Thursday, 23 March 2017

Could Papa, Actually Get The Moon?

At the weekend, I watched an animation of 'Papa, Please Get The Moon For Me' for the first time. As I watched it with my own children at home, it struck a chord with me as my class are currently studying a unit in science about the Earth, Sun, Moon and our Solar System. So, today, I played the animation for my class. After I'd played it, I played it a second time and asked the children to write down anything in the video they thought was fictional rather than scientific fact.



Made with Padlet

In future years, I might use this task as a pre and post assessment. What do they think is fictional before some teaching and then afterwards. Nice story, nice animation and some good science learning...

Wednesday, 22 March 2017

Slow / Fast Motion Video Task

Again some inspiration from the TV series Taskmaster. We've had success in the past with the 'Backwards Video Task'. In the most recent series, the contestants were asked to film something that when sped up or slowed down made it more interesting or amusing.


Again like before, use it as a group work and/or ICT task. Both iMovie and Movie Maker allow speeding up or slowing down a clip and apps can be purchased to do the same too.

Tuesday, 21 March 2017

Twitter for Parts of Speech

Find a Tweet or two (with no swearing or major punctuation/grammar errors*) and ask the children to identify the parts of speech contained in it. They'll be short texts as they've got to be within 140 characters.

  In this example, I found a Tweet with the word 'stamp' in it:
Here's another...

* It's a challenge!  

You could even write your own, or get the children to

Friday, 17 March 2017

The Story of the Rugby Match

In rugby (union and league), points are earned in various different ways during a game. 

Here's the scoring system in rugby union:
- try, 5 points (and then the opportunity to kick a conversion for 2 points);
- penalty, 3 points;
- drop goal, 3 points (not frequent).

So, looking at a scoreline from a game, can pupils work out how the teams achieved the scores they have? These could be mid-game (like the ones below), full time or even fictional.






Are all scorelines possible? Can any scores only be gained in one way?

Friday, 3 March 2017

The Shoe Shop is Open

Here's an idea to help with those practical lessons. Particularly art, DT and so on...
 

You know, sewing where half the class want their needle rethreading, DT where everyone needs to use the glue gun and similar occurrences.

It uses the system I first came across as a child in Clarks. You go in the shop, take a ticket with a number on and then wait. In an orderly fashion, those with tickets are seen. The shop assistant decides when they next see someone.

In the classroom, put up five Post-It Notes with the numbers 1-5 on them. If someone needs help from the teacher, they take a number and see what else they can get on with. In order, the teacher calls out which number they will see next (in a "Cashier number 4 please" voice of course!). When the child has been seen, they put their number back for someone else to use. If there are more than one adult in the room, each adult has their own coloured Post-It.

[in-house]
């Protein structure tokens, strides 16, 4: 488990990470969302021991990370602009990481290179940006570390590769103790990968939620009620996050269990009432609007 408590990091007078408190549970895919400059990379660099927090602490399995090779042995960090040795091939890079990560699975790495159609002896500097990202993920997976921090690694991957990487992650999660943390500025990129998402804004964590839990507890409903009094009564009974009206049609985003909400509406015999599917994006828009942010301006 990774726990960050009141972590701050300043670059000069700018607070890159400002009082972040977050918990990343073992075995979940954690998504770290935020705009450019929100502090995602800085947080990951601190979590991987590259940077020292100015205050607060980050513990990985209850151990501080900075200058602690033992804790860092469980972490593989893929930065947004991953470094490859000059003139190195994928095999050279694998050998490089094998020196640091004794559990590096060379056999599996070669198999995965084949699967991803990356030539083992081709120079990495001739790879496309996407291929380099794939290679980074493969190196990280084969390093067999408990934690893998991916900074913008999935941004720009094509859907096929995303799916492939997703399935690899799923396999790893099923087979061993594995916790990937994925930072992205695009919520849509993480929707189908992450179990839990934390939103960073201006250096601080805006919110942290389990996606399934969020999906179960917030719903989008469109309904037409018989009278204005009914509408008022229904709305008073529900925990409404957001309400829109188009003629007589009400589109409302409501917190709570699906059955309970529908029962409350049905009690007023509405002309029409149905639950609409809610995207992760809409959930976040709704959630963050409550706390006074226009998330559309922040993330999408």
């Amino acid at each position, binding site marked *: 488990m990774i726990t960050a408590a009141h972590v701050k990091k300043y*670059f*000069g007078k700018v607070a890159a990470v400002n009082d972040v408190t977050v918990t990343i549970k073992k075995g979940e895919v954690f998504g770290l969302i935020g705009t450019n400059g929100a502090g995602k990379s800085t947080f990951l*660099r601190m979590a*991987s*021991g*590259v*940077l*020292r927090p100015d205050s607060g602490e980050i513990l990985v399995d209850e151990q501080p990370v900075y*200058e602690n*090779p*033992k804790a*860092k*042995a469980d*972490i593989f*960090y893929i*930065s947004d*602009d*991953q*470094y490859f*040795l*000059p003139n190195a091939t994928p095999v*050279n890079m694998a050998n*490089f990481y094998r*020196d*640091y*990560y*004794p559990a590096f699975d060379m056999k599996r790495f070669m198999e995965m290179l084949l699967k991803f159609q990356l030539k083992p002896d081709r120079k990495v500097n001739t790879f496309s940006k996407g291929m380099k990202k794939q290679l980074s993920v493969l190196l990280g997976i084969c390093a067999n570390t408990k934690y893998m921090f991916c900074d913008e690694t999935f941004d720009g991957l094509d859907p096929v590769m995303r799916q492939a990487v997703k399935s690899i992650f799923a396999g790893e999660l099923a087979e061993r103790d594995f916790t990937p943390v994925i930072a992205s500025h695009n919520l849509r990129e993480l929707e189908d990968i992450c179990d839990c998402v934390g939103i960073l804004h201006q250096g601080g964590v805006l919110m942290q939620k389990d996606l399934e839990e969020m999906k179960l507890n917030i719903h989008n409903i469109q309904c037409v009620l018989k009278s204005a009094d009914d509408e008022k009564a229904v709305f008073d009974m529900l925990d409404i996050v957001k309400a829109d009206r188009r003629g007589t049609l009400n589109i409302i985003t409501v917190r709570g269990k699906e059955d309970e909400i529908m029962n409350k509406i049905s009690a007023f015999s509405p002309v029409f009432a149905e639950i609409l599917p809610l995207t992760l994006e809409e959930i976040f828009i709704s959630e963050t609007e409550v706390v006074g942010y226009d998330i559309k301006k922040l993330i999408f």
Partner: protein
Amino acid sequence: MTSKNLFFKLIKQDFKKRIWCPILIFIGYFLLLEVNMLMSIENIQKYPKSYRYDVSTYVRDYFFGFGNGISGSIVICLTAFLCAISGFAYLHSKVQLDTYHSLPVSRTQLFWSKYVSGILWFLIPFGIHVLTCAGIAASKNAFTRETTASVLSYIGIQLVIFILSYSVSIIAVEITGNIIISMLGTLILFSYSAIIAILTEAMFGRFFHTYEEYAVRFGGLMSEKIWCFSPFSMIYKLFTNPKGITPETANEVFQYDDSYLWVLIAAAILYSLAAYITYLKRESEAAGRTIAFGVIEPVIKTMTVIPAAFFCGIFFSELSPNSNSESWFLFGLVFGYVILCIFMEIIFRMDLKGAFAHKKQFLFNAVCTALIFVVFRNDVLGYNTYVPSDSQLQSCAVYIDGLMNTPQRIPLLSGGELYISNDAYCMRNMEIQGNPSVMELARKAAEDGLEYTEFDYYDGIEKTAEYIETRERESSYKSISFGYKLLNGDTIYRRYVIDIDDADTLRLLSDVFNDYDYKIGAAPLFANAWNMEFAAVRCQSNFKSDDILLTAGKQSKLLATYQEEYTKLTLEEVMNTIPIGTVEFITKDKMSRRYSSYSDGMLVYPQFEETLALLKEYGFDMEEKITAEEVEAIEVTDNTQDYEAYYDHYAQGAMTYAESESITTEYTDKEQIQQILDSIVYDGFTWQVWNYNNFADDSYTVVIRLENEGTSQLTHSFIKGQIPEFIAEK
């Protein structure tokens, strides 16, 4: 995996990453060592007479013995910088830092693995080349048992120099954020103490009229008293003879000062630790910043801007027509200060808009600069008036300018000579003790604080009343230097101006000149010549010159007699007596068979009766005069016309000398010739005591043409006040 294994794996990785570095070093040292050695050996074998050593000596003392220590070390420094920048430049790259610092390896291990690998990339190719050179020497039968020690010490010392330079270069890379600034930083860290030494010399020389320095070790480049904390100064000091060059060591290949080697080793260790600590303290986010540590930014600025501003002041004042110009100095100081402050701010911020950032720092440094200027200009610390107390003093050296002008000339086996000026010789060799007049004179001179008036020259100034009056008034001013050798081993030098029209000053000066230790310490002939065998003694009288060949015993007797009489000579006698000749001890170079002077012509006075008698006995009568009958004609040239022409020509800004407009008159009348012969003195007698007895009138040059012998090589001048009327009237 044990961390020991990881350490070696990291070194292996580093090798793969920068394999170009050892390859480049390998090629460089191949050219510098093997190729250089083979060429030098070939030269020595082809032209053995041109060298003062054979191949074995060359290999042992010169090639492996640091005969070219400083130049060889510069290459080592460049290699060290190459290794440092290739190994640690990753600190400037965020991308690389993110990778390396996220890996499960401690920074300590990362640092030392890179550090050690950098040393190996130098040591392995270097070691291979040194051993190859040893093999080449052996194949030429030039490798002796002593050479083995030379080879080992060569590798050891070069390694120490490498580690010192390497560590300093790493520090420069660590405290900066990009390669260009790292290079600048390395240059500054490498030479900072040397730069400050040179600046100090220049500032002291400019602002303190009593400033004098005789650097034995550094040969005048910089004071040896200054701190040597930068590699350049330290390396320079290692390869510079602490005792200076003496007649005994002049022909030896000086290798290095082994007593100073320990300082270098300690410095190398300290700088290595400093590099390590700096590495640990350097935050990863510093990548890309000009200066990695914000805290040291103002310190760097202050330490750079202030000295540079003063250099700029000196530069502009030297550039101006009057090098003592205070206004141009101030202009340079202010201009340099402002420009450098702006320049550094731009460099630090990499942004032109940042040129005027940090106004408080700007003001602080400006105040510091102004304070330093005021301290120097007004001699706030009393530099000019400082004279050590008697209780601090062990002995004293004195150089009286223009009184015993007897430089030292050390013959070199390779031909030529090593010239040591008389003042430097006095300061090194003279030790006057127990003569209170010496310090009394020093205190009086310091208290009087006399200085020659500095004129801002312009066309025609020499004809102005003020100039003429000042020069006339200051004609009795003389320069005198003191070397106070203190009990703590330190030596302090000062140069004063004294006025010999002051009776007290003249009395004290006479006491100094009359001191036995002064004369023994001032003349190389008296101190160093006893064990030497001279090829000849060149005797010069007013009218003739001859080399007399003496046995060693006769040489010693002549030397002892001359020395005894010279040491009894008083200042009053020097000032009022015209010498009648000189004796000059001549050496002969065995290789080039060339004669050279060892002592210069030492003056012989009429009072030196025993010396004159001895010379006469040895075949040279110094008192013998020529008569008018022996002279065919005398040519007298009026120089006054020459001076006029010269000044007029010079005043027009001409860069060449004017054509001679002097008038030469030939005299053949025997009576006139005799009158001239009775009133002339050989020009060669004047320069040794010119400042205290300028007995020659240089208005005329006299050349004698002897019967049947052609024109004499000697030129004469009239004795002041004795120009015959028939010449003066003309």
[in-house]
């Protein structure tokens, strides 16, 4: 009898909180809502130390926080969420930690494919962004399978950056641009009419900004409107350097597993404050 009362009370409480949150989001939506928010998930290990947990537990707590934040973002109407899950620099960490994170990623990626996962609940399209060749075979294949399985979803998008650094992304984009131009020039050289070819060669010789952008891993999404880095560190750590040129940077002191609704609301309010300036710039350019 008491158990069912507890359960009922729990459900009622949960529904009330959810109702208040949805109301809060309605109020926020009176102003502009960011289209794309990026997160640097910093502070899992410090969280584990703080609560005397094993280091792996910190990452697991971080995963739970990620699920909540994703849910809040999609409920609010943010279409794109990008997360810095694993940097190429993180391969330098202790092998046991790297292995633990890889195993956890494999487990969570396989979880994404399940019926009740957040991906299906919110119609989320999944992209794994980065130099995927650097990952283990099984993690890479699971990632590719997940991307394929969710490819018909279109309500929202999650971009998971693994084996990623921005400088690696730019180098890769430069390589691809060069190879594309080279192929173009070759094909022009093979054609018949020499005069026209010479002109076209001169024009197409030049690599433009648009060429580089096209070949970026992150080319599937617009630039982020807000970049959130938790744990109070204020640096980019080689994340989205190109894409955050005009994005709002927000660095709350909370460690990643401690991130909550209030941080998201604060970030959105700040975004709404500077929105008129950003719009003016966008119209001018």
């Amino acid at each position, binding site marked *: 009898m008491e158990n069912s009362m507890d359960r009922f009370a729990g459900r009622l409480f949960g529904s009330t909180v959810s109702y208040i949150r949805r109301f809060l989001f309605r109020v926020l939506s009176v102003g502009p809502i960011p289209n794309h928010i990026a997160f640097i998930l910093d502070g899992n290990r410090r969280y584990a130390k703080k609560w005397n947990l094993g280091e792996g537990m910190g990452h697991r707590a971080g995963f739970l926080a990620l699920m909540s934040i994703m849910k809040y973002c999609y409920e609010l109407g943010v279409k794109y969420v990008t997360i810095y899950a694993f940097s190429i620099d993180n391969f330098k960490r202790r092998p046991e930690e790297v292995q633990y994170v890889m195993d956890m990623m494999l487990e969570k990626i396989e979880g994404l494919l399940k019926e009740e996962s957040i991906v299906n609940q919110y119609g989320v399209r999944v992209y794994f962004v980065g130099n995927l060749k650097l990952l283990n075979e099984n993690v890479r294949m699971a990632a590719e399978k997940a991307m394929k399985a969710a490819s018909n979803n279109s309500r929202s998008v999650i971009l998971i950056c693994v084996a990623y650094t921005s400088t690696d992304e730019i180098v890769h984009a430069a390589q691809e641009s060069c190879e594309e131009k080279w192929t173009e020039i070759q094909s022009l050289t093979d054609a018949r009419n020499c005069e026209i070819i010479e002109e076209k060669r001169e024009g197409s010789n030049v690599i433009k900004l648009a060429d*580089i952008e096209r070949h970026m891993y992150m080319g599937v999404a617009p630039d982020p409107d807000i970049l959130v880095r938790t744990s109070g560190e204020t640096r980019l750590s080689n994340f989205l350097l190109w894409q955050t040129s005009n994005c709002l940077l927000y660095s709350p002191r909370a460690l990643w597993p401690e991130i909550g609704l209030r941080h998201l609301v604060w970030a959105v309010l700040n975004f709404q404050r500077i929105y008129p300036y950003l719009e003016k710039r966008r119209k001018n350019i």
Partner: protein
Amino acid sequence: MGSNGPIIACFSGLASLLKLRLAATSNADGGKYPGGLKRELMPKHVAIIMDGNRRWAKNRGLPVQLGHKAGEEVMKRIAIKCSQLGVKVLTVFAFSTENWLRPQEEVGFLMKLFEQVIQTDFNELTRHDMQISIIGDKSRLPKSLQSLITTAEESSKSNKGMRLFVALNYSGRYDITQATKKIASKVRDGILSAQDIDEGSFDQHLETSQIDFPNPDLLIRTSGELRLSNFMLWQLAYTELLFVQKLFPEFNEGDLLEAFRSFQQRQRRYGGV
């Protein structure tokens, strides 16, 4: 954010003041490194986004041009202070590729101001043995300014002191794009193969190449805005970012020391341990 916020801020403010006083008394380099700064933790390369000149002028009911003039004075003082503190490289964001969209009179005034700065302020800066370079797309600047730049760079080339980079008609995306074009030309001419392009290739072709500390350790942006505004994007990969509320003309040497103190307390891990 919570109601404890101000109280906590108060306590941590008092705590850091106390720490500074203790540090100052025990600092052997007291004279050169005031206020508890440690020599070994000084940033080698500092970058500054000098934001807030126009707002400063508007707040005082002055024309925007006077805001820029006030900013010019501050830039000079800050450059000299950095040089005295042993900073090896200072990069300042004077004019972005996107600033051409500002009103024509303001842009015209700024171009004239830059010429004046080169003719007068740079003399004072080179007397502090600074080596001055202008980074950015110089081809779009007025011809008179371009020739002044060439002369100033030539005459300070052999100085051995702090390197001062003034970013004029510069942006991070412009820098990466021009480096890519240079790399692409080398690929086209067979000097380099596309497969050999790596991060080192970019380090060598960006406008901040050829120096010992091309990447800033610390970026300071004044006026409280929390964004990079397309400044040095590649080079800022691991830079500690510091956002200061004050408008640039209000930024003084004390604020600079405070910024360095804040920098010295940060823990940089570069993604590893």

It works quite well. Give it a go.

Wednesday, 8 February 2017

The Weather Tree

Another post that is in response to a Tweet we received.



So, here's something we did a fair few years ago...



To start with, the tree is empty and each day a leaf is added. The colour of the leaf is dependant on the temperature outside. On the leaf, other observations and readings about the weather can be added. 


What is creates is a very visual display of the temperature changes across the year. On closer inspection, further information about the day's weather can also be seen.


The leaves were kept in coloured pouches at the bottom that had the key written on them to explain what the colours referred to.

Monday, 30 January 2017

Some Quite Interesting Numbers

Watching last week's QI on the BBC, they had a feature that I thought would be useful in school to ignite some interest in maths. 

What's interesting about these numbers?


The picture is the Mayan zero.

The '2 to the power of...' is the largest known prime number (at the time of writing).

If someone wrote out the numbers 1 - 10 billion in words and organised them in alphabetical order, 8,000,000,085 would be the first odd number.

142,857 is a cyclical number: multiply it by 1, 2, 3, 4, 5 or 6 and the product (each time) is an anagram of it!

Frobenius number - Chicken nuggets are sold in 6s, 9s and 20s. 43 is the largest number of nuggets that can't be bought.   

There you go. Share them as they are, or even make an investigation out of some of them. Quite interesting.